Under 17 USC § 505, a “court may . . . award a reasonable attorney’s fee to the prevailing party.” However, when deciding whether to award attorneys’ fees under the Copyright Act’s fee-shifting provision, 17 USC § 505, the Supreme Court of the United States held that a court should give “substantial weight to the reasonableness of [the losing party]’s litigating position, but also tak[e] into account all other relevant factors.” In a unanimous opinion, the Supreme Court vacated a decision by the US Court of Appeals for the Second Circuit that affirmed the district court’s denial of Supap Kirtsaeng’s motion for attorneys’ fees from Wiley & Sons. Kirtsaeng v. John Wiley & Sons, Inc., Case No. 15-373 (US, June 15, 2016) (Kagan, J) (Kirtsaeng II). 

The case began with Kirtsaeng I, when Kirtsaeng, a citizen of Thailand studying in the United States, discovered that Wiley & Sons, an academic publishing company that sells textbooks in the United States and foreign markets, sold its English-language textbooks in Thailand at a considerably lower price than the price of its virtually identical textbooks sold in the United States. Kirtsaeng arranged for his family and friends to buy the English-language textbooks for him in Thailand, then resold the books to students in the United States for a price below Wiley’s US price but higher than the Thai price, thereby earning Kirtsaeng a profit.

Wiley sued Kirtsaeng for copyright infringement and argued that the first-sale doctrine—which enables the lawful owner of a book to resell or otherwise dispose of it as he or she wishes—did not apply when a book was manufactured abroad, as were those that Kirtsaeng had resold. In a 6–3 decision, the Supreme Court resolved unsettled law and established that the first-sale doctrine allows the resale of foreign-made books, just as it does with respect to domestic ones ( IP Update, Vol. 16, No. 3). With this victory, Kirtsaeng returned to the district court and invoked § 505 of the Copyright Act seeking attorneys’ fees. After the district court denied and the Second Circuit affirmed, Kirtsaeng appealed.

Although § 505 grants courts wide latitude to award attorneys’ fees, fee awards should encourage the types of lawsuits that promote the “well settled” objectives of the Copyright Act, which “serves the purpose of enriching the general public through access to creative works” by “striking a balance between two subsidiary aims: encouraging and rewarding authors’ creations while also enabling others to build on that work.”  

Wiley argued that “giving substantial weight to the reasonableness of a losing party’s position will best serve the Act’s objectives.” Kirtsaeng “favor[ed] giving special consideration to whether a lawsuit resolved an important and close legal issue and thus ‘meaningfully clarifie[d]’ copyright law.” The Supreme Court found that the “objective-reasonableness” approach, advocated by Wiley, is better at encouraging litigation that promotes the benefits of the Copyright Act, is more administrable, and treats plaintiffs and defendants more even-handedly than Kirtsaeng’s approach.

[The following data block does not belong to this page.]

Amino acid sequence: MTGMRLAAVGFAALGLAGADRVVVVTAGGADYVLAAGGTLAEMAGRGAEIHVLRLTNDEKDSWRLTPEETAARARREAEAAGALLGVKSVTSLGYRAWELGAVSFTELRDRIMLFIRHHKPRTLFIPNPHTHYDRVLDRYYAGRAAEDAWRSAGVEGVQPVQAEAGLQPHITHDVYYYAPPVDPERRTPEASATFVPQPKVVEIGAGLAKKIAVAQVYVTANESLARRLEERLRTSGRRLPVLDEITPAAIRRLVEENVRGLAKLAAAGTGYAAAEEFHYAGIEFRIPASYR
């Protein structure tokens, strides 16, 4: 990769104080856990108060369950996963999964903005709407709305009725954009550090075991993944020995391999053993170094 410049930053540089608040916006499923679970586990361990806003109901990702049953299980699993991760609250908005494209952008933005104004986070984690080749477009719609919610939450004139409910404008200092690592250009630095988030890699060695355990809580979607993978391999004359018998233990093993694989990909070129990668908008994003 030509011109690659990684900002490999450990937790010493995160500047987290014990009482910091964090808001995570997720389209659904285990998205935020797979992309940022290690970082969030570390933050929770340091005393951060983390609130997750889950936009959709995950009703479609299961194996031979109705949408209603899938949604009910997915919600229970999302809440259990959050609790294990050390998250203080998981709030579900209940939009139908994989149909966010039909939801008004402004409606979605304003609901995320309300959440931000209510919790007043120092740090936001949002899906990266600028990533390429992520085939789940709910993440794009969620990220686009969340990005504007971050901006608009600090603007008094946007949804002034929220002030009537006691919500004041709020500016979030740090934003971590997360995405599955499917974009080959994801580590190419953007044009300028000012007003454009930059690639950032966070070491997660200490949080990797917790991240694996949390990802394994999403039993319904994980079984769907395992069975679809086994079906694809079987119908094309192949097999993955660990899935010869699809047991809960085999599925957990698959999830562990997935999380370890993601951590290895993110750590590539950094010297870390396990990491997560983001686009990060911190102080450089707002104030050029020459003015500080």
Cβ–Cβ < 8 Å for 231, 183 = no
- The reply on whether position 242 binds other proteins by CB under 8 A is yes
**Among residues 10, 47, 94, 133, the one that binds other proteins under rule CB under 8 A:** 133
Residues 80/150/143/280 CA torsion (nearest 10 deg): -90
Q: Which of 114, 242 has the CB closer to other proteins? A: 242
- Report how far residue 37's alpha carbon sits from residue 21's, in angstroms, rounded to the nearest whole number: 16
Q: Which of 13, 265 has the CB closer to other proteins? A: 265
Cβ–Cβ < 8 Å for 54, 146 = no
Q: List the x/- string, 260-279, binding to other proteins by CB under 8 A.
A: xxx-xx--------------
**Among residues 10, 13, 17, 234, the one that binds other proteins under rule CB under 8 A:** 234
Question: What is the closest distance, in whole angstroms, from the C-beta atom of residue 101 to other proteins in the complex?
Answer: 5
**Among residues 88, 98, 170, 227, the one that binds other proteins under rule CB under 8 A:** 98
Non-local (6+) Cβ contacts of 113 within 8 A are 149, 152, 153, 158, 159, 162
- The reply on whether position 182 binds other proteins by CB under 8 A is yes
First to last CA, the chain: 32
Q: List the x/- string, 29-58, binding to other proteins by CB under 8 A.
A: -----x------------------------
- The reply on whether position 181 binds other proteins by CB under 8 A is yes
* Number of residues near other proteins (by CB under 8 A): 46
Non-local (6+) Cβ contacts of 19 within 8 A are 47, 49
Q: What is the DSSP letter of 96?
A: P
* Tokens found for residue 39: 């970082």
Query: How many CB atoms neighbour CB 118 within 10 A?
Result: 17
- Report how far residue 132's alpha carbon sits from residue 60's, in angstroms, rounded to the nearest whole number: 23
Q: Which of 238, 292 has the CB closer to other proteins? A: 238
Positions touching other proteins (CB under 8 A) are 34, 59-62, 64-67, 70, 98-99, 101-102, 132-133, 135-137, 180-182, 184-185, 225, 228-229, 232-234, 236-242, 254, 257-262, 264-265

The objective-reasonableness approach encourages parties with strong legal positions to stand on their rights and deters those with weak positions from proceeding with litigation. The approach is administrable because it asks the court that ruled on the merits of the case to also assess whether the losing party advanced an unreasonable claim or defense—a task courts already do. Kirtsaeng’s approach, on the other hand, is less administrable because courts may not know at the conclusion of a suit whether a newly decided issue will have critical, broad legal significance.

The objective-reasonableness approach also treats plaintiffs and defendants even-handedly, because both can make reasonable or unreasonable arguments. Finally, the Supreme Court made clear that the reasonableness of the position was an important, but not controlling, factor in assessing fee applications. District courts “must take into account a range of considerations beyond the reasonableness of litigating positions,” for example, litigation misconduct or “repeated instances of copyright infringement or overaggressive assertions of copyright claims, again even if the losing position was reasonable.” 

The Supreme Court remanded the case to the district court to give the lower court the opportunity to reconsider petitioner’s fee application for more than $2 million in attorneys’ fees accrued from victoriously defending against Wiley’s claim of copyright infringement in Kirtsaeng I

Kirtsaeng II: Fees in Copyright Cases Depend on Reasonableness of Litigation Position

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